Sunday, April 06, 2014

Speed Limit proposals - a mixed bag

I saw this in the Argus. My view on speed limits is the same as my view on profanity. Time, place, and manner.

From the Argus

Road officials and advocates for construction workers fear a plan to increase speed limits on state and county roads could further endanger road crews.
Legislation introduced in late March would prohibit speed limits to be lowered more than 10 mph below the normal limit, with the total limit no lower than 30 mph, in local construction zones.
On expressways, the speed limit could not be decreased to lower than 60 mph in construction zones unless workers were in close proximity to barrel lines or not protected by barriers under the proposal.
The construction-zone component is one of many in the bill package, which also would create a maximum 80 mph speed limit on rural expressway segments.
State law currently enforces a 55 mph speed limit on unposted county roads. That would increase to 60 mph on unposted county roads under the bills.
If the proposed rules were in place last year, the speed limit could only have been reduced to 50 mph at Grand River Avenue and Burkhart Road in Howell Township during emergency repairs, noted Mike Craine, Livingston County Road Commission managing director.
 “There’s no freaking way that we could have let people go through there at 50 mph, which is what this law would seem to require,” Craine said.“It doesn’t really address the full range of conditions that road construction’s likely to present for safety of the motorist and safety of the worker,” he added.

My attitude regarding construction zone is this. Are people working at the site? If nothing is going on there and no people are there, I don't see a problem going 65-70. If there's work being done at the site, then going 60 is crazy. The other question is what is the definition of "close proximity?" 

I fully support 80mph on rural expressways in good weather.

As far as unposted county roads, that needs to be time/place, and matter. A road like D-19 or Chilson is one thing, but Cunningham Lake is another. I grew up on Cunningham Lake near the old Brighton Recreational Area on an rural unposted county road. The speed limit on that dirt road is currently 55. That's insane. Making it 60 is more insane. One of my complaints about the paving proposals from Genoa Township was the speed increase. Going 60 on that road is a good way to hit a deer, turkey, crane, dog, cat, hunter, jogger, walker, someone's grandkid, or another pedestrian.  During the last snow dusting, I saw the mailbox post get smashed due to a car hitting it. It was probably a total job or close to it. Hopefully the driver wasn't hurt too badly. 

I support this, although will this get rid of the 0 point 5 over tickets on the expressway when the cop gives a driver going 84 a semi-break?

The bills also would prohibit speeding tickets for driving 5 mph or less over posted limits.

Jones said there are several roadways statewide with low speed limits intended to catch motorists as they exit higher speed zones. The end result is often a costly ticket for the average commuter, he said.
“That’s just horrible, because what you’re doing is you’re writing a ticket for the average guy trying to get to work. His auto insurance goes up for three years,” he said.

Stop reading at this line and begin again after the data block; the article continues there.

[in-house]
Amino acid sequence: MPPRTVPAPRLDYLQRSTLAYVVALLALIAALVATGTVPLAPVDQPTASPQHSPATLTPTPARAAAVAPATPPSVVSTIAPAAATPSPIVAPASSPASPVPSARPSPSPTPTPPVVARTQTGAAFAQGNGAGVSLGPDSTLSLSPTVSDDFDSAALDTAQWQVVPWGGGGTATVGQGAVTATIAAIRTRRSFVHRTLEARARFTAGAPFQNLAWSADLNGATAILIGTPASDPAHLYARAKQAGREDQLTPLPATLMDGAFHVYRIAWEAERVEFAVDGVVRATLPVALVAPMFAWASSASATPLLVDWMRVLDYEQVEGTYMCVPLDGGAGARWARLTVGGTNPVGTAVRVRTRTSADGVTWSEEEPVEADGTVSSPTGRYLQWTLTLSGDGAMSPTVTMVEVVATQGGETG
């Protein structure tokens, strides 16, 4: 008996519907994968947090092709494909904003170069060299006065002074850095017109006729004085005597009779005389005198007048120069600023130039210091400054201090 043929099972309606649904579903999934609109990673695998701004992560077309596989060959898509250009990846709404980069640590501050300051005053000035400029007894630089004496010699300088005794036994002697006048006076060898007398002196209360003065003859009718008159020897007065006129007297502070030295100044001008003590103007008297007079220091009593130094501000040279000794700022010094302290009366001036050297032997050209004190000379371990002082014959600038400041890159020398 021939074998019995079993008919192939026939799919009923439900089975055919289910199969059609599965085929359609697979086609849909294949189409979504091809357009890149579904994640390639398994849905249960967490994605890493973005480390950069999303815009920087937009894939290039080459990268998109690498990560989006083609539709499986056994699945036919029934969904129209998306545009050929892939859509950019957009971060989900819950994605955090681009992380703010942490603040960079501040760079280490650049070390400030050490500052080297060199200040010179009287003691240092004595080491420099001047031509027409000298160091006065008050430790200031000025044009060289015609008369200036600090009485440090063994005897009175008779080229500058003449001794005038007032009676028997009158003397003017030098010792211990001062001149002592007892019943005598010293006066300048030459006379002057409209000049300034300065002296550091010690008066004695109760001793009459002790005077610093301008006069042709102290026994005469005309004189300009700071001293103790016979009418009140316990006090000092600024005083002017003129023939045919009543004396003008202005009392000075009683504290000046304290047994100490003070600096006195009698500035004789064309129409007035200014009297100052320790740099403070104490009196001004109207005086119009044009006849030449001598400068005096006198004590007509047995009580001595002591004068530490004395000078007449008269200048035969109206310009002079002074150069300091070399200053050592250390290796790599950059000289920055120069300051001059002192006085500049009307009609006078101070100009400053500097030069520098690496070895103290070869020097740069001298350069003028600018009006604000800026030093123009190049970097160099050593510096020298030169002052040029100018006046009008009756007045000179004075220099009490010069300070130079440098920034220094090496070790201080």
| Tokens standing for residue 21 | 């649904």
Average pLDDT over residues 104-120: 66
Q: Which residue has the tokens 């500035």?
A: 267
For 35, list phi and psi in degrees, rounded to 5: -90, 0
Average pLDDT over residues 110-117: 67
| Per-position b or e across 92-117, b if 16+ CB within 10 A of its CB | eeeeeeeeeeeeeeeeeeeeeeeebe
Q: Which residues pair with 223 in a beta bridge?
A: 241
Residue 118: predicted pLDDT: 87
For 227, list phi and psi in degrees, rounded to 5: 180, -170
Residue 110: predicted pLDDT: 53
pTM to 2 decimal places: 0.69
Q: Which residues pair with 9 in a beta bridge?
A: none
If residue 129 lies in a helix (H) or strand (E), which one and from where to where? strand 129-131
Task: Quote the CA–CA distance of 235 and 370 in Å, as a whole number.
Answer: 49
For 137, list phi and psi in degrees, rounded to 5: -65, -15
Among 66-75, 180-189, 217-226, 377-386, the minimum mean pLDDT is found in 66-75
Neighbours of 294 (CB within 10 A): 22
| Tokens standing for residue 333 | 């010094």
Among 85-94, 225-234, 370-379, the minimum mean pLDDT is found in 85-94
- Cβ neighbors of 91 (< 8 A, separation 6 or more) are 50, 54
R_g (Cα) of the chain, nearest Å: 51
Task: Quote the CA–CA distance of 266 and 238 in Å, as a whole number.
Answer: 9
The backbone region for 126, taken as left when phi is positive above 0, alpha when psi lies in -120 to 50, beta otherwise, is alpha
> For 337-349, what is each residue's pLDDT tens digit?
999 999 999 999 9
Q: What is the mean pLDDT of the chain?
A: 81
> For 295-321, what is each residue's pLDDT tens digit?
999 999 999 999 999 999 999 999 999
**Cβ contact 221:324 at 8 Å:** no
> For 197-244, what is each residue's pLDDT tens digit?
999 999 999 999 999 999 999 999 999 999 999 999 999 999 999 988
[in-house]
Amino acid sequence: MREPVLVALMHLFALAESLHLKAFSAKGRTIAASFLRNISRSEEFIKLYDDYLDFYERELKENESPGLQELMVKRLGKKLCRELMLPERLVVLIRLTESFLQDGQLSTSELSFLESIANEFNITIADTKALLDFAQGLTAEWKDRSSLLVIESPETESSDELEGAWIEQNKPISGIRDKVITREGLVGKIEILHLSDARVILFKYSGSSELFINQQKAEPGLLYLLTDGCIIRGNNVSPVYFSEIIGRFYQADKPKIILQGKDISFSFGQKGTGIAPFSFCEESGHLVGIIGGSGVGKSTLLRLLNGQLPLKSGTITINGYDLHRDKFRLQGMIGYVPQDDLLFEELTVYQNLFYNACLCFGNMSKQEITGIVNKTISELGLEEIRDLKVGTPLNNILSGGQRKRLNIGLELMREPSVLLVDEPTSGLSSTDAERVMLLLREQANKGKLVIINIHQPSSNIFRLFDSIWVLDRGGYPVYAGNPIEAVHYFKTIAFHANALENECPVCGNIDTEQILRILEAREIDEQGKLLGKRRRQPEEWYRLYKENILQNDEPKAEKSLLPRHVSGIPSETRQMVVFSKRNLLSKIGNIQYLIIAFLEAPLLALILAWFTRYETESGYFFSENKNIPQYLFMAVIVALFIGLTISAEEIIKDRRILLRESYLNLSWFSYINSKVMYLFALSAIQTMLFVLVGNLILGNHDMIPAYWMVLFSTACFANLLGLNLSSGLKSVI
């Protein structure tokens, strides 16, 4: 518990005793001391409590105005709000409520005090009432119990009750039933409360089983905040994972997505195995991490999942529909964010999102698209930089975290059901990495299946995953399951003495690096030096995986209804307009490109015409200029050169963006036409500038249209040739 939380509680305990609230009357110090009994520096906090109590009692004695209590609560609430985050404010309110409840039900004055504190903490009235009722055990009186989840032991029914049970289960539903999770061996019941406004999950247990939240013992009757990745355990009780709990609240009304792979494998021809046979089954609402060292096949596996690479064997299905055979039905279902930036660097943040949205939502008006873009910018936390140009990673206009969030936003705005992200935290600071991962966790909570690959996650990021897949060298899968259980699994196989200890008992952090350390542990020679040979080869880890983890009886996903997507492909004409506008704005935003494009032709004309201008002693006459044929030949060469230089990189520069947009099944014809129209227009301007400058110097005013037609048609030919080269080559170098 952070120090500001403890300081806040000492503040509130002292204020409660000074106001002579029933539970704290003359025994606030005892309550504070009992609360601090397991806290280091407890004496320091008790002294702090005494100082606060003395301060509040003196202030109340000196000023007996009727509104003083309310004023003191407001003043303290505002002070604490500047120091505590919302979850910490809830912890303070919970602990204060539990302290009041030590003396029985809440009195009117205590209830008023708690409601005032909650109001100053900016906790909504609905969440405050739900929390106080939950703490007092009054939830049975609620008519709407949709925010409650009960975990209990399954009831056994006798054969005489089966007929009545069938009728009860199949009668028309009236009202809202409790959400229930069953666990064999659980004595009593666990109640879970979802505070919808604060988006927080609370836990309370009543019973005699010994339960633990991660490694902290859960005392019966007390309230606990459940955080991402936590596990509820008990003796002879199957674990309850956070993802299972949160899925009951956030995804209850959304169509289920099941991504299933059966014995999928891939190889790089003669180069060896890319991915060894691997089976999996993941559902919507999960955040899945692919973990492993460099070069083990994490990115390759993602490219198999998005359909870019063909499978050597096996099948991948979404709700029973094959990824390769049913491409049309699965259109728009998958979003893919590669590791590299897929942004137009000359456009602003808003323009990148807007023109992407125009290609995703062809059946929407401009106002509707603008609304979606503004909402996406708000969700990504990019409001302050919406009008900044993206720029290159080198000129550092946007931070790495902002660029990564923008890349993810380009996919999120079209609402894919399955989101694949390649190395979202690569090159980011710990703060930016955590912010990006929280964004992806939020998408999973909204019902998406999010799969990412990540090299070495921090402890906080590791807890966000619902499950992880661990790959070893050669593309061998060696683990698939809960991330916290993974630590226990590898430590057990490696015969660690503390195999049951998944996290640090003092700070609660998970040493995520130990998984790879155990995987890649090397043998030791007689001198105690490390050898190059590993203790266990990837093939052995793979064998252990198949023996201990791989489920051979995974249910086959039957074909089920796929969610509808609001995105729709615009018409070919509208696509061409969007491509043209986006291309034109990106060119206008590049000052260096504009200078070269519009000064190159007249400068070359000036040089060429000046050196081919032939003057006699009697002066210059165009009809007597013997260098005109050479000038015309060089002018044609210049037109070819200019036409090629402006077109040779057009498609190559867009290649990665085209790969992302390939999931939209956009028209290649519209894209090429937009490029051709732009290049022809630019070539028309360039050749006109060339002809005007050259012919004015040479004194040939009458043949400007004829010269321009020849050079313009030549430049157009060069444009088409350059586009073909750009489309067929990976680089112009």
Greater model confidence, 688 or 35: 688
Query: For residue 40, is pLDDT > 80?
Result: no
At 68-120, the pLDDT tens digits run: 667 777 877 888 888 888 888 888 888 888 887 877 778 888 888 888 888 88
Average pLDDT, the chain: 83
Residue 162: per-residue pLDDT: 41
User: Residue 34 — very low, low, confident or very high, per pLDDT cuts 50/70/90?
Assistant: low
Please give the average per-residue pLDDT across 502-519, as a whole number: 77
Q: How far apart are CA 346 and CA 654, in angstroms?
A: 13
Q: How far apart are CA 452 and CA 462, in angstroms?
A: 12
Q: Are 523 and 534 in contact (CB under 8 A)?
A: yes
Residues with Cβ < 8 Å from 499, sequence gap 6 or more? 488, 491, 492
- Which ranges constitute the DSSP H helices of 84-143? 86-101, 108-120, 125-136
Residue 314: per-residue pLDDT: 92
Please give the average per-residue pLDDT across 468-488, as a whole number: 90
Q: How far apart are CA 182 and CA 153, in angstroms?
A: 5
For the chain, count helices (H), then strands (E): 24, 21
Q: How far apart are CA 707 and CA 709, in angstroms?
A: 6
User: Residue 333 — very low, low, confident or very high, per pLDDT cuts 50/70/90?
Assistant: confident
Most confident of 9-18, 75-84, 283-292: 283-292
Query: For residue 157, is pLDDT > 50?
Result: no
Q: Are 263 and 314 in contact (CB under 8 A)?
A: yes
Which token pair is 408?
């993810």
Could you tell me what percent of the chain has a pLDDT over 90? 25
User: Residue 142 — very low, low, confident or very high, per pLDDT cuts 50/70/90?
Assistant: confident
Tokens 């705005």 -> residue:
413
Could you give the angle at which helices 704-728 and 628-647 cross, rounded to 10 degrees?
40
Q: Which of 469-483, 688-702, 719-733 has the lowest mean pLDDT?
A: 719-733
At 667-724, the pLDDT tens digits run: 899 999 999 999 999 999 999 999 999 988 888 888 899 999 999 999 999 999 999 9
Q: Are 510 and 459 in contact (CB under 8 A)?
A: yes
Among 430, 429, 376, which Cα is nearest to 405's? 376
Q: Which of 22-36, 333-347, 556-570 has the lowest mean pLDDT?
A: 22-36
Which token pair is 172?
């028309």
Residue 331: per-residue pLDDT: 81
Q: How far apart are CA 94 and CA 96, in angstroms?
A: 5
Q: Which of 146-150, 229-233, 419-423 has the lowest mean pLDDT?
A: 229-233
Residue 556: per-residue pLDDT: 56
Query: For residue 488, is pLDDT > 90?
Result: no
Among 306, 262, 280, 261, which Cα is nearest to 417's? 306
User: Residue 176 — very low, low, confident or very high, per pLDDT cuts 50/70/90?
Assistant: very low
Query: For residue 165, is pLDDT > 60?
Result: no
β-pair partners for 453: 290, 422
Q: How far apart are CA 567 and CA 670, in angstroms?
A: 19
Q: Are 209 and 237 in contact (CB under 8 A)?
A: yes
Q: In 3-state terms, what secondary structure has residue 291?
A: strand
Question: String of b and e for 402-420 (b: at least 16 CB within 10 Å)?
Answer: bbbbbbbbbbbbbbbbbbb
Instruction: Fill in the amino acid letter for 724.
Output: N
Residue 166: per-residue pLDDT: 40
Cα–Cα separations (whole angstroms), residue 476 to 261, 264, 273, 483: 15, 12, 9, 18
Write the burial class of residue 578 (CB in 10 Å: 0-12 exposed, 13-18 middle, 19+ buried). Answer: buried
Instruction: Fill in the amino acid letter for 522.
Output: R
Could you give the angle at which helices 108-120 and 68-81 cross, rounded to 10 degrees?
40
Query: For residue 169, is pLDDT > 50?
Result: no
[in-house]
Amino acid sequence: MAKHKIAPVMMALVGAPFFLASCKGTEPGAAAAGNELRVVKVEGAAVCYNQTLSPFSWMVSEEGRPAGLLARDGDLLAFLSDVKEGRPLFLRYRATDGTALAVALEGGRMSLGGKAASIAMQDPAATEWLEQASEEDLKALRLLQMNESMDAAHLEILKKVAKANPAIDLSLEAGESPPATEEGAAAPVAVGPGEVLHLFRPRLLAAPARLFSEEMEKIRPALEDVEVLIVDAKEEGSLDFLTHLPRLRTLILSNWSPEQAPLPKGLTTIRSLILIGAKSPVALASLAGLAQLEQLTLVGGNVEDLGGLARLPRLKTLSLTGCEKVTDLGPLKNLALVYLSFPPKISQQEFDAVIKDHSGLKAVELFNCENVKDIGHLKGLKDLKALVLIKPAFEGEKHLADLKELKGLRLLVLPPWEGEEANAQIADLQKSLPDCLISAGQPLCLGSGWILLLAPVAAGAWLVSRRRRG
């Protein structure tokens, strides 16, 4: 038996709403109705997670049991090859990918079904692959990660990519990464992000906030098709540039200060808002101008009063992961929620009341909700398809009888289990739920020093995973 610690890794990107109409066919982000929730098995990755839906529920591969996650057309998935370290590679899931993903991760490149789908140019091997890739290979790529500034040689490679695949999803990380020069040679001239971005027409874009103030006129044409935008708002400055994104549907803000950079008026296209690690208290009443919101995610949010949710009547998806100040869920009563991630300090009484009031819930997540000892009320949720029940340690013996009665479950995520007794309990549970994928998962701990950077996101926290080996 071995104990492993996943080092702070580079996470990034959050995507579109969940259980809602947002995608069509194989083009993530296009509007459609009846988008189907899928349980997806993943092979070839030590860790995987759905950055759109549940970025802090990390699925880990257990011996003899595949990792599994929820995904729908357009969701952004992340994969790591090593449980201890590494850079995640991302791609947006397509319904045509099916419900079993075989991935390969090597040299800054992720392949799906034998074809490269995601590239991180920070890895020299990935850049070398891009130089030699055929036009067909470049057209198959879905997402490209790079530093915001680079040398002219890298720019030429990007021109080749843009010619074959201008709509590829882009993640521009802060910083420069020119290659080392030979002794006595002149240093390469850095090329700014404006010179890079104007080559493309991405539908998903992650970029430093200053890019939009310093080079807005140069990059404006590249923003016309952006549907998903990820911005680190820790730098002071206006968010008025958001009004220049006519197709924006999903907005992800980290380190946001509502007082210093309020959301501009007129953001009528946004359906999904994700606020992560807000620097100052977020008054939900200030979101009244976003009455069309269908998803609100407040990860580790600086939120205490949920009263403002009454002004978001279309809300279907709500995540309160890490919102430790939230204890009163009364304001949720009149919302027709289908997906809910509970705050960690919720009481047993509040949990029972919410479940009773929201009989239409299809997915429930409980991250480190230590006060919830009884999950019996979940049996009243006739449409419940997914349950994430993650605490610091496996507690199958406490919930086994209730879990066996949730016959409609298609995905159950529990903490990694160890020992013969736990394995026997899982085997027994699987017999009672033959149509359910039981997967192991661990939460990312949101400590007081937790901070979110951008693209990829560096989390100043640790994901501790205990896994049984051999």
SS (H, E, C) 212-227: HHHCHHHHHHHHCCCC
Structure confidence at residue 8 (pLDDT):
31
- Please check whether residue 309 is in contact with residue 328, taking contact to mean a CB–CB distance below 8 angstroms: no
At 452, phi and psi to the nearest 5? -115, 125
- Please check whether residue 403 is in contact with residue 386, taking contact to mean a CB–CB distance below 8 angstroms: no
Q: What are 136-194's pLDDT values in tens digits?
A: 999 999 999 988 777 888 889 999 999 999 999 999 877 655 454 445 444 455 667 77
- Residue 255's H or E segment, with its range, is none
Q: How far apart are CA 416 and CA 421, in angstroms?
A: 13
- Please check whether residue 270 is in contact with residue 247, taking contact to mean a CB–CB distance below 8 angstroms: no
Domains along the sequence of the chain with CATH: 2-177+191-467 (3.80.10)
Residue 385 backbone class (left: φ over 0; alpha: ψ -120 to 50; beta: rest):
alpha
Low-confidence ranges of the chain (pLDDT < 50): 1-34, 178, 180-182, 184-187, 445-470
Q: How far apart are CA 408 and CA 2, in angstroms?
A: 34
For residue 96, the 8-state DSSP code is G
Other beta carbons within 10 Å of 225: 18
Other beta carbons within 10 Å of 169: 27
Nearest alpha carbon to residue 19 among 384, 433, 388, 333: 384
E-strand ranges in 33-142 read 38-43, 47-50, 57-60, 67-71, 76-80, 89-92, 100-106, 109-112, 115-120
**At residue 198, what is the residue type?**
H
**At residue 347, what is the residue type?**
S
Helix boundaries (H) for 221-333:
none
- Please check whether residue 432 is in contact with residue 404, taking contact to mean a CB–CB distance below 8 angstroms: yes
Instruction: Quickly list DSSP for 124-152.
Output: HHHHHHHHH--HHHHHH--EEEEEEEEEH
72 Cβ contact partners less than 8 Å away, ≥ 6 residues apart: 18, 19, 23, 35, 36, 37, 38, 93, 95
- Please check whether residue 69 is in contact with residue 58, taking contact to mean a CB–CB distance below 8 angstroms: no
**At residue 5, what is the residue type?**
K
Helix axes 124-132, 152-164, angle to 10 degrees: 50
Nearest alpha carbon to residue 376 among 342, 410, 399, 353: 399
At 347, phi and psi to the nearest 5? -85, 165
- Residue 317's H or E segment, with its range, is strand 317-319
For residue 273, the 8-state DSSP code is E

“We’re trying to clean up the abuses,” Jones added.
Speed limits in Michigan are set based on the speed that 85 percent of traffic moves on a given road. The idea is to promote smooth traffic and target the 15 percent of motorists who drive too fast.

I like a lot of the IDEAS here. I despise speed traps as much as the next person, but not every speed limit drop is a speed trap. That's why I mentioned time, place, and manner.

1 comment:

Jordan Genso said...

I agree with everything you said except for allowing 80mph on rural highways. I'm cautious about supporting that because of the increased variance of speed for those on the highway. Two different groups will be going notably slower than the 80mph:

1) Semi-trucks. If their lower speed limit remains the same, then the difference in the two types of traffic would be potentially dangerous. If their speed limit is raised accordingly as well, then I would be concerned that a semi traveling at the faster speed would be unable to quickly stop if needed. I believe that is the reasoning behind the lower speed limit now- that they will have significantly less control at a faster speed- and so the 80mph limit would present a lose-lose situation for semis.

2) Drivers like myself who prefer a 65-75mph pace of travel (or those who already go even slower than that). Even if the speed limit on the highway was 80mph, I would still prefer to go around 70mph for my own comfort and for efficiency purposes. I already irritate some drivers if I'm going 74mph to pass a semi on US-23, I can't imagine how much more upset they'd be if the speed limit was 80mph.

In my opinion, there are some people who view traffic as a 'race', and will always try to go faster than the traffic around them. If you increase the limit to 80mph and no chance of getting a ticket for going 85mph, then you'll have those drivers going closer to 90mph.

At some point, we reach the point where traffic is moving too fast for safety's sake. I think the status quo 70mph limit is acceptable. While I'm not strongly opposed to 80mph on highways that rarely get any traffic, it would need to be done properly before I'd give in on it.